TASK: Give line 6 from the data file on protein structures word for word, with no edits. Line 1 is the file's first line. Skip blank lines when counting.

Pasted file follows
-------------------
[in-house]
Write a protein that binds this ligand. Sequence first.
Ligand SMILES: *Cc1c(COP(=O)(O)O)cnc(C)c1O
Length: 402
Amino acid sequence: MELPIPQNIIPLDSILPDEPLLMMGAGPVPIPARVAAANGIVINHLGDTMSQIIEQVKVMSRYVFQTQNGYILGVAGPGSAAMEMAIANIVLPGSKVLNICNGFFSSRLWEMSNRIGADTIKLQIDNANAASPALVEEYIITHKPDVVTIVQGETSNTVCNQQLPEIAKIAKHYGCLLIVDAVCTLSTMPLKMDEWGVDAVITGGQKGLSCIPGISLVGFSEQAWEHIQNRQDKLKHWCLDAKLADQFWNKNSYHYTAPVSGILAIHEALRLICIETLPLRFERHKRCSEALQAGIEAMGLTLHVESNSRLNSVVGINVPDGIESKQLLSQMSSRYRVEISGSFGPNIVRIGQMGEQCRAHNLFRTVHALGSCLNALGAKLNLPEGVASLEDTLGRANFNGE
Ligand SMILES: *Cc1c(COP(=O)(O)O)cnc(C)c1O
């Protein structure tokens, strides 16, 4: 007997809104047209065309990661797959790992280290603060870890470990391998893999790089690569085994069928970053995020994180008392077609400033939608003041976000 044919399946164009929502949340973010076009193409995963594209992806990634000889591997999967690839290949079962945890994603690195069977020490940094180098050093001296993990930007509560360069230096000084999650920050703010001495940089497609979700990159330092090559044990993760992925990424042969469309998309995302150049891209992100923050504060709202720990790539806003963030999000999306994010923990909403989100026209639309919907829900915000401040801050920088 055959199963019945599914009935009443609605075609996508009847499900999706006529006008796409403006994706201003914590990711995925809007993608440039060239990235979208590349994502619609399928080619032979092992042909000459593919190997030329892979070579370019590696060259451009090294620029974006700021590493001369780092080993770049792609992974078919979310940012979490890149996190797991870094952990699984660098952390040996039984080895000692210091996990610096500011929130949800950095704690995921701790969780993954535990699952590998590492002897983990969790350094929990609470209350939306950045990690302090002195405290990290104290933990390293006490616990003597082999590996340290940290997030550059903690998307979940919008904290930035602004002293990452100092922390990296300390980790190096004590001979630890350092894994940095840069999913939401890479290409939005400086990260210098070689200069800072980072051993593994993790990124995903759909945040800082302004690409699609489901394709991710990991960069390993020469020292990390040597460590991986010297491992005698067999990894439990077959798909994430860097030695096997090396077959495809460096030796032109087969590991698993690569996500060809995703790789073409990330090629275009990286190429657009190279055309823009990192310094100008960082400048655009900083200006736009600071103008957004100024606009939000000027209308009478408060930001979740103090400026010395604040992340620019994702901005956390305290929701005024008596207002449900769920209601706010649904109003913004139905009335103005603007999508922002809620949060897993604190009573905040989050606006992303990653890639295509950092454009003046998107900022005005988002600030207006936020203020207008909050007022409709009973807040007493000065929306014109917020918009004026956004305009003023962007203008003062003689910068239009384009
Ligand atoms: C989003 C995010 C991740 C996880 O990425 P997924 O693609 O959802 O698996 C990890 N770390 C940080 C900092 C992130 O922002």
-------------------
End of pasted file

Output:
Ligand SMILES: *Cc1c(COP(=O)(O)O)cnc(C)c1O